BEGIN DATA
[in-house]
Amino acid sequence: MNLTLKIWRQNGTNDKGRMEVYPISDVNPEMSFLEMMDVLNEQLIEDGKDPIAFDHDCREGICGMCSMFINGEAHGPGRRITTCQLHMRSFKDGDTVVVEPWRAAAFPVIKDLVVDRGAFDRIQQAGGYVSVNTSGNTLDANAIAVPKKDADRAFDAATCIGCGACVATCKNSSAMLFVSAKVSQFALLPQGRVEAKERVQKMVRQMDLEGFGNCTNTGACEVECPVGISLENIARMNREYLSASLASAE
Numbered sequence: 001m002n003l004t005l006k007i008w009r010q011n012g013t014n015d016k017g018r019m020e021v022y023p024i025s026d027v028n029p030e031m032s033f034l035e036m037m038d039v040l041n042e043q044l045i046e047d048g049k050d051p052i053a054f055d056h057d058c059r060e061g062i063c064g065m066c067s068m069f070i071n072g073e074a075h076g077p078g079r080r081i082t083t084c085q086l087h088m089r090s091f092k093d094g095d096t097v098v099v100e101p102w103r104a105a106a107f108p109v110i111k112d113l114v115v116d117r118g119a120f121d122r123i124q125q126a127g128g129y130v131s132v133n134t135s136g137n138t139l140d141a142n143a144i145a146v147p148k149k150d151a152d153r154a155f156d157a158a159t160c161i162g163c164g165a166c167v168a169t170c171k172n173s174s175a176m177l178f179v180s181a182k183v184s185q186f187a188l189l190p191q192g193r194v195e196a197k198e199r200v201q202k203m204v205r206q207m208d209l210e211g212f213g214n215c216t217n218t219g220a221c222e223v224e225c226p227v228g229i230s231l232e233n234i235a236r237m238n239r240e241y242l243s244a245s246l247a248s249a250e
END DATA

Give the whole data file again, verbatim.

[in-house]
Amino acid sequence: MNLTLKIWRQNGTNDKGRMEVYPISDVNPEMSFLEMMDVLNEQLIEDGKDPIAFDHDCREGICGMCSMFINGEAHGPGRRITTCQLHMRSFKDGDTVVVEPWRAAAFPVIKDLVVDRGAFDRIQQAGGYVSVNTSGNTLDANAIAVPKKDADRAFDAATCIGCGACVATCKNSSAMLFVSAKVSQFALLPQGRVEAKERVQKMVRQMDLEGFGNCTNTGACEVECPVGISLENIARMNREYLSASLASAE
Numbered sequence: 001m002n003l004t005l006k007i008w009r010q011n012g013t014n015d016k017g018r019m020e021v022y023p024i025s026d027v028n029p030e031m032s033f034l035e036m037m038d039v040l041n042e043q044l045i046e047d048g049k050d051p052i053a054f055d056h057d058c059r060e061g062i063c064g065m066c067s068m069f070i071n072g073e074a075h076g077p078g079r080r081i082t083t084c085q086l087h088m089r090s091f092k093d094g095d096t097v098v099v100e101p102w103r104a105a106a107f108p109v110i111k112d113l114v115v116d117r118g119a120f121d122r123i124q125q126a127g128g129y130v131s132v133n134t135s136g137n138t139l140d141a142n143a144i145a146v147p148k149k150d151a152d153r154a155f156d157a158a159t160c161i162g163c164g165a166c167v168a169t170c171k172n173s174s175a176m177l178f179v180s181a182k183v184s185q186f187a188l189l190p191q192g193r194v195e196a197k198e199r200v201q202k203m204v205r206q207m208d209l210e211g212f213g214n215c216t217n218t219g220a221c222e223v224e225c226p227v228g229i230s231l232e233n234i235a236r237m238n239r240e241y242l243s244a245s246l247a248s249a250e